“So. for example, if a bank were to start a [financial intelligence unit (FIU)] focused on the opioid crisis, it would likely receive no exam credit for that activity,” he said. “But it would receive blame if a diversion of resources caused it to fail to file a [suspicious activity report (SAR)] in another area.”

Many Congresspersons also noted that while the U.S. has had AML laws in place since the 1970s, with a major upgrade after the 9/11 terror attacks with the 2001 Patriot Act, comparatively little has happened since then.

Current regulations have not kept pace with the advances of technology, creativity of criminals or limitations hamstringing law enforcement and banks – locking them in systems that require immense effort, come with increasing liability and yield few results.

Most illicit money makes it through the U.S. and international financial systems, with possibly less than a percent actually captured and forfeited, even after the U.S. Government Accountability Office concluded that from 2009 to 2015, banks paid $12 billion in fines, penalties and forfeitures for AML, corruption and sanctions failures, said Senator Sherrod Brown, (D-OH).

Overall, with all of the banks filing SARs, and specialized teams to review filings at the national and regional levels, the average SAR has less than a 10 percent chance of being seen, Baer said, adding that for the crimes that make up most reports – structuring and insider fraud – the “yield is close to zero percent.”

“There is more time spent documenting decisions on why not to file a SAR than following up on the SARs they do file,” he said. “So they are focusing on the noise, not the signal.

Muting regulatory penalty power could weaken compliance

While that is true, some of the proposals by the various banking groups could cause more harm than good, said Heather Lowe, legal counsel and director of government affairs for Global Financial Integrity, a transparency watchdog group.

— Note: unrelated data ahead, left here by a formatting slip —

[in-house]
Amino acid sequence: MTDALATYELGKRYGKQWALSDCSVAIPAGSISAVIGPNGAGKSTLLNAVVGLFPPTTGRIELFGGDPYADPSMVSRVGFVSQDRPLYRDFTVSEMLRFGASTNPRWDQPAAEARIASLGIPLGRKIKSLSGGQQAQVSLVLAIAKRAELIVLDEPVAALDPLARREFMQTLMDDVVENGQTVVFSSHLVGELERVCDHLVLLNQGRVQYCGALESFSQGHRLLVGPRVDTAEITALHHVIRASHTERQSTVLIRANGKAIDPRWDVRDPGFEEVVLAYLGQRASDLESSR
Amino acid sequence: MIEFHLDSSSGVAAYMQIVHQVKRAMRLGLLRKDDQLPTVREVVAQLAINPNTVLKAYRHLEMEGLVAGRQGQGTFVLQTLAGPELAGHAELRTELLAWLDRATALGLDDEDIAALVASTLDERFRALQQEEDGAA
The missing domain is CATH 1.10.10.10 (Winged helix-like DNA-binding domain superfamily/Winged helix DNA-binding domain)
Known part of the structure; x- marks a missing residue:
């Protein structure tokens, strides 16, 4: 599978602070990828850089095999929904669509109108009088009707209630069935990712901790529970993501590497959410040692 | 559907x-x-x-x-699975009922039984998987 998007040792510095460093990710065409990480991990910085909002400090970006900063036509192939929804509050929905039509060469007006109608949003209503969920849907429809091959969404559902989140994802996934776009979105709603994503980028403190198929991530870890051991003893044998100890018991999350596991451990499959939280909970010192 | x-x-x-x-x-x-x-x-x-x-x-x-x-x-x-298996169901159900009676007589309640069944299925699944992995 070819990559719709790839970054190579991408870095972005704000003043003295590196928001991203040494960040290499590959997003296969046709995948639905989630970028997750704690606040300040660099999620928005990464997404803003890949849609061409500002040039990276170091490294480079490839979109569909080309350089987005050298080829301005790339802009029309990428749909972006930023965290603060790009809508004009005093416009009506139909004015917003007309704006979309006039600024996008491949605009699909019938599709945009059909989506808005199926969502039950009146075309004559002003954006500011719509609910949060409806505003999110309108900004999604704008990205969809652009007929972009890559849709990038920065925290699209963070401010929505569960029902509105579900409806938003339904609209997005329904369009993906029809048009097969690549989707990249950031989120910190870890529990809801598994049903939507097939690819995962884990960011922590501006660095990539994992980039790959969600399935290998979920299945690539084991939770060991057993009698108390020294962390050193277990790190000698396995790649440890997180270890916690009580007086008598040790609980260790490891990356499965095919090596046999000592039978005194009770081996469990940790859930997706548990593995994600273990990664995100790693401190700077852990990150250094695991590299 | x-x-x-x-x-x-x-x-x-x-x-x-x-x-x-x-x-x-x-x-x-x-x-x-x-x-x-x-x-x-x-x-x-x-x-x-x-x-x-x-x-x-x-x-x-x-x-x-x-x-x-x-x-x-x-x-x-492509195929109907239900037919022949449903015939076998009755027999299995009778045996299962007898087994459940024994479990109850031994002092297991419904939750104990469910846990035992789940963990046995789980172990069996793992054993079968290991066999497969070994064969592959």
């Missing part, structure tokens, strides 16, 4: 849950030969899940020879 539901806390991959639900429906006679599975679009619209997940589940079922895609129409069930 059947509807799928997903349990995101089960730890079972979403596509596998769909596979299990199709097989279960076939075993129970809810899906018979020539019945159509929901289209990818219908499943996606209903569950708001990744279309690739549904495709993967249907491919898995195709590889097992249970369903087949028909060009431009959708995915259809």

For instance, muting the powers of the U.S. Treasury’s Financial Crimes Enforcement Network (FinCEN) and federal regulators’ ability to levy penalties could “have serious negative repercussions on compliance and ultimately allow a lot of criminals’ access to” the international financial system.

As well, Lowe said she “strongly” opposes a Clearing House proposal to transfer “responsibility for setting AML priorities for individual banks from the banks to FinCEN,” she said. “Banks are best placed to understand their own businesses, own systems and own risks their own client base presents.”

And to better understand those customers, banks should engage in broader information sharing with other banks and law enforcement.

One way to do that is more aggressively extending government top secret security clearances to key compliance professionals at certain banks, said Dennis Lormel, a consultant and former chief of the FBI’s Financial Crimes Program.

Any actions to improve current methods to better detect and prevent financial crime are vital because, as it stands now, the United Nations estimates that between two and five percent of global gross domestic product, equating to $800 million to $2 trillion, are laundered annually, according to Senator Elizabeth Warren, (D-MA.).

“Money laundering is a massive problem,” she said, adding that there has been a 50 percent increase in SARs filed between 2012 and 2017.

“Everything we can do to crack down on that is good,” Warren said. “It seems to me we need to rethink a lot of our money laundering laws. Some of which as you know were written in the 1970s and are badly out of date. Because that makes it hard for law enforcement to stop money laundering and bad for financial institutions that are trying to comply with these laws.”